Therefore, when Isaiah wrote that he was called in the year King Uzziah died, he said a lot. It is to say, “In the year a great and wise king died.” But it is also to say, “In the year a great and wise king who had a tragic end died.” Isaiah had great reason to be discouraged and disillusioned at the death of King Uzziah, because a great king had passed away, and because his life ended tragically. Yet despite it all, he saw the enthroned Lord God who was greater than any earthly king.

–David Guzik

23 When Uzziah died, he was buried with his ancestors; his grave was in a nearby burial field belonging to the kings, for the people said, “He had leprosy.” And his son Jotham became the next king.


In a Russian Orthodox monastery located on the Mount of Olives, an inscription was discovered in 1931 bearing the name of King Uzziah. The inscription reads: “To this place, the remains of Uzziah, King of Judah, were placed. Do not disturb.”

This is a valuable non-biblical reference to the existence of a king of David’s line. The plaque is now in the Israel Museum, Jerusalem Collection.



It is my hope that during those last years, Uzziah repented of his pride and confessed it as sin to the Lord. God, of course, would have welcomed him back and perhaps worked further goodness and righteousness into Uzziah! And isn’t that a pattern for us all? We confess our sin, and God works in us to bring forth fruits of the spirit and the image of Christ!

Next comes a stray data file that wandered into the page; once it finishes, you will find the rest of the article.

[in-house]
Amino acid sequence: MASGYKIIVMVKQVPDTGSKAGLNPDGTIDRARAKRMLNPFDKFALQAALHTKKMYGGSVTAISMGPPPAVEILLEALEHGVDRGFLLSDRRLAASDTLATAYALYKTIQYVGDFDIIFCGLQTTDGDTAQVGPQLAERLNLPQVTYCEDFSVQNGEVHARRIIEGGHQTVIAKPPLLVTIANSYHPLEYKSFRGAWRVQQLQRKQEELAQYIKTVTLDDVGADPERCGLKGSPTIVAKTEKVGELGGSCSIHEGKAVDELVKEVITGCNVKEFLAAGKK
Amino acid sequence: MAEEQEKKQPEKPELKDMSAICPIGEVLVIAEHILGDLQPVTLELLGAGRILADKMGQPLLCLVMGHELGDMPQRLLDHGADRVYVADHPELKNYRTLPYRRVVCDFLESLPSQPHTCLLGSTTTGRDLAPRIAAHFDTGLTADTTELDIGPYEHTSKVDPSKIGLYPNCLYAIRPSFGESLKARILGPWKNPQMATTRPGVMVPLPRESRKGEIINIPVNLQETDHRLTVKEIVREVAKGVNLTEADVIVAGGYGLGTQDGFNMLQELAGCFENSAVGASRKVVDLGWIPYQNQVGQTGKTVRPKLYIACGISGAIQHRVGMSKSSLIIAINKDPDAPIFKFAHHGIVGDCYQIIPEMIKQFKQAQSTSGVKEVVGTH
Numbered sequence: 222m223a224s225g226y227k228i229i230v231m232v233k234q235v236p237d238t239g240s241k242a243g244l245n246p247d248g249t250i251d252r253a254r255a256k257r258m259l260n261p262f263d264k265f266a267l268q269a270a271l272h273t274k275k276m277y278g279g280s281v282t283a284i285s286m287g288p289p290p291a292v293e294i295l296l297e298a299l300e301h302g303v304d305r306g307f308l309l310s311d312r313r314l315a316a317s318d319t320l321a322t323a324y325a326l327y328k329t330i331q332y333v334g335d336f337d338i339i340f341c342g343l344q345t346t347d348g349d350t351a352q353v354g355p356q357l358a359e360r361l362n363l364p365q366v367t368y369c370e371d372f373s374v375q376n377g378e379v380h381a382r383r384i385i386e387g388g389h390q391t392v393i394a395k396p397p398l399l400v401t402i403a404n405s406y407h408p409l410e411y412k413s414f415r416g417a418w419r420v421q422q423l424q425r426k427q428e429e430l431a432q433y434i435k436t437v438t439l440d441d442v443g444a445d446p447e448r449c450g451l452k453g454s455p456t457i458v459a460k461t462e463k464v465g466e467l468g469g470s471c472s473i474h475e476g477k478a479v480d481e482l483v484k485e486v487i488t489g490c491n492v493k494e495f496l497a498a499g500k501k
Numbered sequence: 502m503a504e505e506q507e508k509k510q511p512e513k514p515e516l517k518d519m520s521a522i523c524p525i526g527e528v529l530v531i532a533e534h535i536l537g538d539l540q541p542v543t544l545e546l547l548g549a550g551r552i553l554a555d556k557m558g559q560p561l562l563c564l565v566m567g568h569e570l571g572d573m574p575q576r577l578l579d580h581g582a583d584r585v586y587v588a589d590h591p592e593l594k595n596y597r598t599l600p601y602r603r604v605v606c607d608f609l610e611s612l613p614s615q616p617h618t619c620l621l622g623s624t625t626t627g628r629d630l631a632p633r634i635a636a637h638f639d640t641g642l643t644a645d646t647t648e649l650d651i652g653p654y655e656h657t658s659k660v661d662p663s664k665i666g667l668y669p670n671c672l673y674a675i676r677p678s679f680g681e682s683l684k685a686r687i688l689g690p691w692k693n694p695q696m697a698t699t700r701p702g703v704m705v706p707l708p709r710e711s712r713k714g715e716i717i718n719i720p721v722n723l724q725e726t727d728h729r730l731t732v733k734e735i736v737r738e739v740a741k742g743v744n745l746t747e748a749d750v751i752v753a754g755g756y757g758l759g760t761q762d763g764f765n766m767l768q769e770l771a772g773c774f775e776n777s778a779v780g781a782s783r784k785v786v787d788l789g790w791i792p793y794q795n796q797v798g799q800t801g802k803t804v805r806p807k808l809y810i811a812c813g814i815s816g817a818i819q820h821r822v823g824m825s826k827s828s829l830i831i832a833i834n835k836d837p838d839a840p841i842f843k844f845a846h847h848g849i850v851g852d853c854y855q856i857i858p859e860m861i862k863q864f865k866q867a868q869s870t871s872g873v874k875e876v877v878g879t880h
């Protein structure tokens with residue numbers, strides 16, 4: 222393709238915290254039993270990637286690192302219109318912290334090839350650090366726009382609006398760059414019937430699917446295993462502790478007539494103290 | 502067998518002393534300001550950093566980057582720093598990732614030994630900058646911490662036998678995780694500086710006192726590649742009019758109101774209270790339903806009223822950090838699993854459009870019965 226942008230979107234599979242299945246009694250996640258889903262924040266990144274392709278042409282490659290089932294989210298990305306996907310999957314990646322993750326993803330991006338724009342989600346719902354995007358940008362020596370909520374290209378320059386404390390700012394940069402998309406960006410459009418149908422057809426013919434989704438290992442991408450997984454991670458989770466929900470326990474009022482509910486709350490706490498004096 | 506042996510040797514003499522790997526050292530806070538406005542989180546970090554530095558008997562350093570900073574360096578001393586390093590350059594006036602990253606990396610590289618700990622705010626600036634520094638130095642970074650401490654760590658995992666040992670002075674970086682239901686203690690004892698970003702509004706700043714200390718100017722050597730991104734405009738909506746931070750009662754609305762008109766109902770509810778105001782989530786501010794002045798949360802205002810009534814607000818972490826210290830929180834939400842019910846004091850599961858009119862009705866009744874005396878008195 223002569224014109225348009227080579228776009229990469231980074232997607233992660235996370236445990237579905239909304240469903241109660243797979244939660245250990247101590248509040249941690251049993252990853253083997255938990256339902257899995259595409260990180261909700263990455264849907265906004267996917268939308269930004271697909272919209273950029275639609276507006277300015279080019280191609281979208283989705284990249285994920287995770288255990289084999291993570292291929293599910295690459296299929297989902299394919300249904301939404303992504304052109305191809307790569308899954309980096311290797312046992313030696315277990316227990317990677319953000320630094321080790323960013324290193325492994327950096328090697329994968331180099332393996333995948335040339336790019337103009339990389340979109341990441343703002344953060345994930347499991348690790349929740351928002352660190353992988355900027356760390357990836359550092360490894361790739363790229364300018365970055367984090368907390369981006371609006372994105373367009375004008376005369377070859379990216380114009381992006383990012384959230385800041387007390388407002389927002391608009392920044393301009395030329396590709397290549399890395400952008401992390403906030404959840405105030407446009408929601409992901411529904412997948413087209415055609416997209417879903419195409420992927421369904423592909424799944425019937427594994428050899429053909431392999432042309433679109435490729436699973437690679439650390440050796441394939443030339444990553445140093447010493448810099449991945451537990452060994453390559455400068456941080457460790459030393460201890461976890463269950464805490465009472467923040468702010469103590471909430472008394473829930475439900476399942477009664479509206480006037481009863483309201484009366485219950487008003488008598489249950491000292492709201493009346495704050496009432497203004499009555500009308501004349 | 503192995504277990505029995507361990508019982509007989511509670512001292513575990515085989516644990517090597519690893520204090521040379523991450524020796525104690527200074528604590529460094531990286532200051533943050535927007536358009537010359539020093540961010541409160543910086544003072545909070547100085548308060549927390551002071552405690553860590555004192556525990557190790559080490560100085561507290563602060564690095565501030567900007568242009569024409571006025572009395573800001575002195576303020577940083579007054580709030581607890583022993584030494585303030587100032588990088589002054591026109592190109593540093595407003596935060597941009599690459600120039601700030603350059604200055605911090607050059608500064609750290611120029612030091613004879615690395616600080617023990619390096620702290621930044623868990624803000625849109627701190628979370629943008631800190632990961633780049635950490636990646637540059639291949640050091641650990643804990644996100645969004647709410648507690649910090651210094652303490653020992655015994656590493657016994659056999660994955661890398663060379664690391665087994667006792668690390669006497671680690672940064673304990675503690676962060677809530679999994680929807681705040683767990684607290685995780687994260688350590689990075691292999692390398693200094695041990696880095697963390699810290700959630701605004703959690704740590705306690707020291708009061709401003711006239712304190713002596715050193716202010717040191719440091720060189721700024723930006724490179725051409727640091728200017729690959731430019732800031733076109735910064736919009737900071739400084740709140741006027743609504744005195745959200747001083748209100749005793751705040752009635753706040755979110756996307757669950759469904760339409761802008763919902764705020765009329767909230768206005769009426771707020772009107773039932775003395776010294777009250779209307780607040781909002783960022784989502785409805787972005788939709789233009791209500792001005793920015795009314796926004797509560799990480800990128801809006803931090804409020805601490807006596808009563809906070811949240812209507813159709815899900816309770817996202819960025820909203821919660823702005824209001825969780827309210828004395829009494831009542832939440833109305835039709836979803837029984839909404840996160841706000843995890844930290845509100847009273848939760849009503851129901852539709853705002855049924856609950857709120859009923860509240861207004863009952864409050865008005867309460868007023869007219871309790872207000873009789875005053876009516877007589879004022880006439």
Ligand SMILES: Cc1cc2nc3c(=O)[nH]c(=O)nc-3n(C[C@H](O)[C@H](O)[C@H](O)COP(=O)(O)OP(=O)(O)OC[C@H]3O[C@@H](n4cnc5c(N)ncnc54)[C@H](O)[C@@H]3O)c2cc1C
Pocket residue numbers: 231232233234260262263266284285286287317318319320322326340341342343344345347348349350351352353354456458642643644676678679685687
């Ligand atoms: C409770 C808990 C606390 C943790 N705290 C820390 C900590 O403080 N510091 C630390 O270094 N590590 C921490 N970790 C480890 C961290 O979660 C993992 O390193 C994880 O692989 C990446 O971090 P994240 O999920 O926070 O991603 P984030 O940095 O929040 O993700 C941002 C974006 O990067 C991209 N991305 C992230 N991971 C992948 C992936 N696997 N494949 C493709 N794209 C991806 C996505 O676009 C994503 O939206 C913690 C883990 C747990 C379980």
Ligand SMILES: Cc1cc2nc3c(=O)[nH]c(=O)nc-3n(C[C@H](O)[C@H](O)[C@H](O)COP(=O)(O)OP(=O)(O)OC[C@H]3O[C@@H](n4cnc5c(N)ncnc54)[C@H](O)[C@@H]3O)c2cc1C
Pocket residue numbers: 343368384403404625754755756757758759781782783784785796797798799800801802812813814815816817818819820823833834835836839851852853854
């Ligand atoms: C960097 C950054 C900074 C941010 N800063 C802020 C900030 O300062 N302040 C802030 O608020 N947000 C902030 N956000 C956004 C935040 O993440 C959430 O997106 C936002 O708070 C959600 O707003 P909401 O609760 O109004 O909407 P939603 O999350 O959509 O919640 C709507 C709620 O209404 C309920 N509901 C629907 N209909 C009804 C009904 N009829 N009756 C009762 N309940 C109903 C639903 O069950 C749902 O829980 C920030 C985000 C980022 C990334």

HERE  is “Amen,”  by Bob Fitts, which expresses the same idea.  Who knows, maybe some day we will be singing AMEN to Christ together with Uzziah!

For every good thing
God is doing within me
That I cannot see
A – men
And to the healing virtue of Jesus
That’s flowing in me
A – men
For every hope that is still just a dream
By trusting You Lord it becomes reality
I stake my claim seal it in faith
I say amen

A-men (amen)
A-men (amen)
So be it Lord
Your Word endures


New Living Translation (NLT)   Holy Bible. New Living Translation copyright© 1996, 2004, 2007 by Tyndale House Foundation. Used by permission of Tyndale House Publishers Inc., Carol Stream, Illinois 60188. All rights reserved.

Images courtesy of:
Uzziah sturuck with leprosy.   https://obscurecharacters.files.wordpress.com/2015/03/uzziah-leper.jpg
Proverbs 16:18.    https://dwellingintheword.files.wordpress.com/2011/07/proverbs16-181.png
“I saw the Lord.”  https://dwellingintheword.files.wordpress.com/2011/07/isaiah-6.jpg